Your portrait will reflect the image you want your business to project, so think about what you want your portrait to say, as well as who your targeted customers are. Are your customers casual folks or fast paced corporate climbers? What are they looking for in you? Should you be friendly and nurturing, like a coach or a therapist? Strong and able to take care of any problems like a broker or a lawyer? Artistic and elegant like a gallery owner or sculptor? Each of these clues should help direct you toward the style of clothing you might want to wear. Formal? Casual? A suit? A sweater? A button down shirt? If you're not sure what to wear just bring several of your favorite outfits, and we can help you select which will photograph the best. Spring or fall colors always look great! Avoid overly bright colors, lots of white, lots of black, big patterns, and large, reflective jewelry. Long sleeves or completely bare arms are better than caps or tee shirt length sleeves.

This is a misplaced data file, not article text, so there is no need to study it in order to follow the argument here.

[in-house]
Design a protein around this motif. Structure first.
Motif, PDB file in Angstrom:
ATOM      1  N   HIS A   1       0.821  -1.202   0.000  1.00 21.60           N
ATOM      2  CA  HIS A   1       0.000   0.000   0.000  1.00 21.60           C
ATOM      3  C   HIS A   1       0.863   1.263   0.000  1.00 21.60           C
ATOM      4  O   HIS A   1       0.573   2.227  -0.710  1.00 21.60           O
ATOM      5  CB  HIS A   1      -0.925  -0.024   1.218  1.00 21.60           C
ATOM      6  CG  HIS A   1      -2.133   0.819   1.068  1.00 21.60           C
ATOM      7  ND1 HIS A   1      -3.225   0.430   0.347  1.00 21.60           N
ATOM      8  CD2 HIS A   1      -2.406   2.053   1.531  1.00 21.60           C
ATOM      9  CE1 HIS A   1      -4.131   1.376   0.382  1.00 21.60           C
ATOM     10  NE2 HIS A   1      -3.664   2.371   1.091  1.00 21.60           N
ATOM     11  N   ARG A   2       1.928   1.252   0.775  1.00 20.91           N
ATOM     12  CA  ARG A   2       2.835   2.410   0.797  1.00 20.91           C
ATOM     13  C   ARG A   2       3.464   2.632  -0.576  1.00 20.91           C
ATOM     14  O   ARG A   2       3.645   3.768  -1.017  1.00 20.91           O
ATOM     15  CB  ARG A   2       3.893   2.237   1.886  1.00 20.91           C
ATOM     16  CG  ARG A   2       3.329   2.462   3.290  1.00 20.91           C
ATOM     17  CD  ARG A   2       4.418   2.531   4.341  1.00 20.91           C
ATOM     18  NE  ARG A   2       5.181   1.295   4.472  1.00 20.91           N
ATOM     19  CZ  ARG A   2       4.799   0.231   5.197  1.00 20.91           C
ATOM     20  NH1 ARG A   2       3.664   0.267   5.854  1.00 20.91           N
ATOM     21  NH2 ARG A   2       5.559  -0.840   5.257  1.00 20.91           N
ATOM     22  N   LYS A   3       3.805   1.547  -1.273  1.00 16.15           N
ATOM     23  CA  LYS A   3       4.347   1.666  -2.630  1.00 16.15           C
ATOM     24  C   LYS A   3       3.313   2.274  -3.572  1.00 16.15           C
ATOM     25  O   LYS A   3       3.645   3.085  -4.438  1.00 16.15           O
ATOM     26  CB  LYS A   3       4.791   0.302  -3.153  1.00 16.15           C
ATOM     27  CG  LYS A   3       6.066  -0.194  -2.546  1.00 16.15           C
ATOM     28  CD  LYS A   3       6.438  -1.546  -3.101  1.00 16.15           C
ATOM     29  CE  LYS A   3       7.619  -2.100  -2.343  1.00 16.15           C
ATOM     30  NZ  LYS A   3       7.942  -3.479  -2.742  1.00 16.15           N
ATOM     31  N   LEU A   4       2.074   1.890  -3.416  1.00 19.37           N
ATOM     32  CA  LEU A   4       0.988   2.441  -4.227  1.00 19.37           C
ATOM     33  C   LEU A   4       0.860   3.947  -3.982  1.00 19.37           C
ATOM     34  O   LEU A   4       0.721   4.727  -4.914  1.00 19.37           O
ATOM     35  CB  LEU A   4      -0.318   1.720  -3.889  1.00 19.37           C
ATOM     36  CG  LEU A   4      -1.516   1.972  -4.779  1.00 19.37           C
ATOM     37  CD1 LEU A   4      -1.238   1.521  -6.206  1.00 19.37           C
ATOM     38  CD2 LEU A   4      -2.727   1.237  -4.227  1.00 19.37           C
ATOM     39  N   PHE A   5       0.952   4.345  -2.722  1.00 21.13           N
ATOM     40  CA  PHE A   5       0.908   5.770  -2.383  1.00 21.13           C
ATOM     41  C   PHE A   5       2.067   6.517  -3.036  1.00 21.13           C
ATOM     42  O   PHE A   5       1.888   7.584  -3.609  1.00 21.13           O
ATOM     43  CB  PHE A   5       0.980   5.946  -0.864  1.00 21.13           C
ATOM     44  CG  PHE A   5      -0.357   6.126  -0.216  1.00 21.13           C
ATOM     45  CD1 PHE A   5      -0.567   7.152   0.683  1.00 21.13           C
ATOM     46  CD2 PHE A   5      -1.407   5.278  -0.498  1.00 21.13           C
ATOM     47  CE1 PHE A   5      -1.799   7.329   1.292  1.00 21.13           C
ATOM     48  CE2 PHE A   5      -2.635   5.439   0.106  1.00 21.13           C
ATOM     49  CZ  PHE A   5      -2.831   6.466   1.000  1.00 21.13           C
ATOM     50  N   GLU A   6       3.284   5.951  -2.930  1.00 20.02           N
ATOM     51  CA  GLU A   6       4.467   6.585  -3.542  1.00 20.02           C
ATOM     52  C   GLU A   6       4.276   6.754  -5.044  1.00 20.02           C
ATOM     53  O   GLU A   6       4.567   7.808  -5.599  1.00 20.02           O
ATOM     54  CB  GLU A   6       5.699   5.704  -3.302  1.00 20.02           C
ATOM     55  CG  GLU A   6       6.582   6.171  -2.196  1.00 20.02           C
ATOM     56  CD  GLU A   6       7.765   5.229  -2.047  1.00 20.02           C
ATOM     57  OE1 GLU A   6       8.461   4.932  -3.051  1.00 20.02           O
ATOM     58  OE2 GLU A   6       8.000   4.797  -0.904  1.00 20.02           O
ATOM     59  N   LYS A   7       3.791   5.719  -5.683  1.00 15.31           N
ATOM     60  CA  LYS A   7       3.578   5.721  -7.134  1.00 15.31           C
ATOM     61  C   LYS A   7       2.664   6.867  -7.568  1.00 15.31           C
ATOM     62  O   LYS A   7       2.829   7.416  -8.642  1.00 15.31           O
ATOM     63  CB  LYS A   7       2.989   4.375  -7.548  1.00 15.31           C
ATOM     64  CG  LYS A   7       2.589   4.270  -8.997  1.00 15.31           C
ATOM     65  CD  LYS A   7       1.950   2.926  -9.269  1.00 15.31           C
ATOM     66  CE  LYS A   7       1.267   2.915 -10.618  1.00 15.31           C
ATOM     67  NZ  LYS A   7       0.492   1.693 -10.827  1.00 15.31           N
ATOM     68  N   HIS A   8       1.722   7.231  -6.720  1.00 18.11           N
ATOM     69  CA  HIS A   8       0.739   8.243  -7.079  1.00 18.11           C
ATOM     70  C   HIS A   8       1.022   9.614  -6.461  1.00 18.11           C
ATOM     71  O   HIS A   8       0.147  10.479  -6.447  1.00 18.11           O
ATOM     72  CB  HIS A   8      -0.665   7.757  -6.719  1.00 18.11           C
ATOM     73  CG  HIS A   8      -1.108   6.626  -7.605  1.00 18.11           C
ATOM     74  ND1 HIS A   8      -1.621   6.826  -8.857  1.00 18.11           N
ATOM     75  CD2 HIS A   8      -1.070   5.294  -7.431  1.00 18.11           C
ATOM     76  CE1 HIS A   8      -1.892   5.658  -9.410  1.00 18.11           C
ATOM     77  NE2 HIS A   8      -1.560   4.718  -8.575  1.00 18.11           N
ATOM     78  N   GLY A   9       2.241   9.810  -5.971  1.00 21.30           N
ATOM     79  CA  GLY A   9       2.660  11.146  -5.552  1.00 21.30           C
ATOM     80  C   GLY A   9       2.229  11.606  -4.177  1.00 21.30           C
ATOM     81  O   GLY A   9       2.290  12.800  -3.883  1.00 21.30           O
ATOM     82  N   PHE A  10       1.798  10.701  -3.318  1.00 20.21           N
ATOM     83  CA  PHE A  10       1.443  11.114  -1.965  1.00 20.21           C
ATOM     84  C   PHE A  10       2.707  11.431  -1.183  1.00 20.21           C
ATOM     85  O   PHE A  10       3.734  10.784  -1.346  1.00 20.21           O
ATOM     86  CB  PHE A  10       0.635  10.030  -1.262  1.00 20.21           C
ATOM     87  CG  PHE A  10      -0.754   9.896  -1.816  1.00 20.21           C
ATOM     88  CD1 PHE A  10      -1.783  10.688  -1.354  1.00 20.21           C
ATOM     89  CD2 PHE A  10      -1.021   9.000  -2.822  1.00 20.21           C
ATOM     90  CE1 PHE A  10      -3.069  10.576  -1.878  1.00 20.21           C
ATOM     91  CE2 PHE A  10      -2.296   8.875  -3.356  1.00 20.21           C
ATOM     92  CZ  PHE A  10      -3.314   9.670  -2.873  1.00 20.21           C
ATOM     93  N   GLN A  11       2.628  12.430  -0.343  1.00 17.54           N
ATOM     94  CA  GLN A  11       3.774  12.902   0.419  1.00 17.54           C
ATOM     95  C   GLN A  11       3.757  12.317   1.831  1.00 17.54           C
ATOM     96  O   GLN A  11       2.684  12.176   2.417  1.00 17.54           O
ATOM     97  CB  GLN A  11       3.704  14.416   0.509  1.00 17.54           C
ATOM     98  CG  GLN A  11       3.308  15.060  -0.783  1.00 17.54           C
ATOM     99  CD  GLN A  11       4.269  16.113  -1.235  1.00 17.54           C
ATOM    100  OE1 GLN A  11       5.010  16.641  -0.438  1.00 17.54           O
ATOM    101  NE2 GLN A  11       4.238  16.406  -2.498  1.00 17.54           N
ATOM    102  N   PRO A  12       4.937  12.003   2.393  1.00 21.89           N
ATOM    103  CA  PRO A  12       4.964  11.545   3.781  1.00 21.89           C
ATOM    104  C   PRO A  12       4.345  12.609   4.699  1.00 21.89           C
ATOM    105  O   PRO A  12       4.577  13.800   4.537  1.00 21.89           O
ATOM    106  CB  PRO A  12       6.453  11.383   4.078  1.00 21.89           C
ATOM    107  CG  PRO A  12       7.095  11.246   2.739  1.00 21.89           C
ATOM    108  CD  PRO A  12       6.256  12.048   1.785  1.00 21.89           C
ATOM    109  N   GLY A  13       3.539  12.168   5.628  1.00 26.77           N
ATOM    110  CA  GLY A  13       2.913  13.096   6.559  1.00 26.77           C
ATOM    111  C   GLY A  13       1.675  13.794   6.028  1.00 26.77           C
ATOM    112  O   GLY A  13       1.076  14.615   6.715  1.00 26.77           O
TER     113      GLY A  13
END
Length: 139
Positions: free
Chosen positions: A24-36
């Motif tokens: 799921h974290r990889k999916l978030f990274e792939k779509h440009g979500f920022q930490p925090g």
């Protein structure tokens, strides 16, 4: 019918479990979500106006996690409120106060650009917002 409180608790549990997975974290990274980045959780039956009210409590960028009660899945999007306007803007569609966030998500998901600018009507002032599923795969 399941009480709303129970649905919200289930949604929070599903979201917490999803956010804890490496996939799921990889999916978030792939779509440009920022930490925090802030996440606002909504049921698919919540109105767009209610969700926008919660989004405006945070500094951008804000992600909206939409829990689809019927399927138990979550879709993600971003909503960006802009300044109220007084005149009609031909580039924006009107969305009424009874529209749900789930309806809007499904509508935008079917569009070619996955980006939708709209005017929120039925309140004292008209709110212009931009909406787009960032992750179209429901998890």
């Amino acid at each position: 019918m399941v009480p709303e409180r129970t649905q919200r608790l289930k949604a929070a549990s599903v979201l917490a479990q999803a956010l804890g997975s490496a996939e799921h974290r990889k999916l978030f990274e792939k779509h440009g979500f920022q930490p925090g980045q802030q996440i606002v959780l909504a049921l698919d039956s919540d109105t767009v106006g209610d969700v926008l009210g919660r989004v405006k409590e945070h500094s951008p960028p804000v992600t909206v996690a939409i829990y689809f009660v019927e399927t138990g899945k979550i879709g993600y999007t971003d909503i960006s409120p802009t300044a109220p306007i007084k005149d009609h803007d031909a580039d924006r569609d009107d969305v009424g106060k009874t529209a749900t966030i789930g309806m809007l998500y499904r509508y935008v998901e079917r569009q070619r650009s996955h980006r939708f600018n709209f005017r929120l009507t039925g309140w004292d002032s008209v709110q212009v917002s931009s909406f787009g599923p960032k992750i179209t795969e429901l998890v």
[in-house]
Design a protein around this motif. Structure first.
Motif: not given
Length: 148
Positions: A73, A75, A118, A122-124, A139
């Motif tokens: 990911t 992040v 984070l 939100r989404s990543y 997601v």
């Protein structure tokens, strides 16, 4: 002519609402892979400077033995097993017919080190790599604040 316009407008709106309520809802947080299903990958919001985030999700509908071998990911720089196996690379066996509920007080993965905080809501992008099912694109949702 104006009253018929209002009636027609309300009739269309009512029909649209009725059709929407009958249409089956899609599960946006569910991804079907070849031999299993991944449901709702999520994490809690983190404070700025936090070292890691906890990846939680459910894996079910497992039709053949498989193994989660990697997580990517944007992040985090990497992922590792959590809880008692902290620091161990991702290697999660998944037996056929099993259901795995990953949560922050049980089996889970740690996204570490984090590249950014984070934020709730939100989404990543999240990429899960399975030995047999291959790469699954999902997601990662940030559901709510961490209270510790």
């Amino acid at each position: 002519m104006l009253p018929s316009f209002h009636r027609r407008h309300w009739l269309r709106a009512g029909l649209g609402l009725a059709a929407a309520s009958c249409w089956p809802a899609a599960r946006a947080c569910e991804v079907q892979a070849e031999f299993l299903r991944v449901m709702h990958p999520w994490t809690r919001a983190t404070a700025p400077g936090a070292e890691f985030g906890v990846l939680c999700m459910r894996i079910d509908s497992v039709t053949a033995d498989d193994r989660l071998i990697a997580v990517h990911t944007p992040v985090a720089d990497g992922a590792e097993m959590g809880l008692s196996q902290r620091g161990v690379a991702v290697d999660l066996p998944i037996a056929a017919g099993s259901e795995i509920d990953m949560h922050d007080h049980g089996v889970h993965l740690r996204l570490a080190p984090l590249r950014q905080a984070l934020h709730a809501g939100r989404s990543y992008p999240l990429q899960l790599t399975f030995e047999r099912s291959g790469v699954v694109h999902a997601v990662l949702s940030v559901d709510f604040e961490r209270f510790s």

Hair and Makeup
Make sure you look natural for your portrait - that you look like the person you truly are. DON’T get a new haircut right before your portrait session. If you’re getting it cut, be sure and allow a week or so for it to “settle down” before picture day. If you’re having your hair styled, don’t experiment with a wild new look for your portrait. You’ll probably end up feeling like your portraits look like someone else. It’s fine to go to a stylist before your session, but it’s best to maintain a look you’re already comfortable with. If you wear make-up, apply it as you normally do. Then, bring your make-up with you to The Photography Studio, and we may offer suggestions to enhance your features even more for your portraits.
Feel free to bring a prop or two that represents your business. We may or may not decide to use it, but it's better to have the option. Usually, business portraits are just a simple head and shoulder picture, but you may want other looks that show a three-quarter or full length view for different purposes. You may want to use different poses for different pages on your website, or different ads, brochures, or press releases.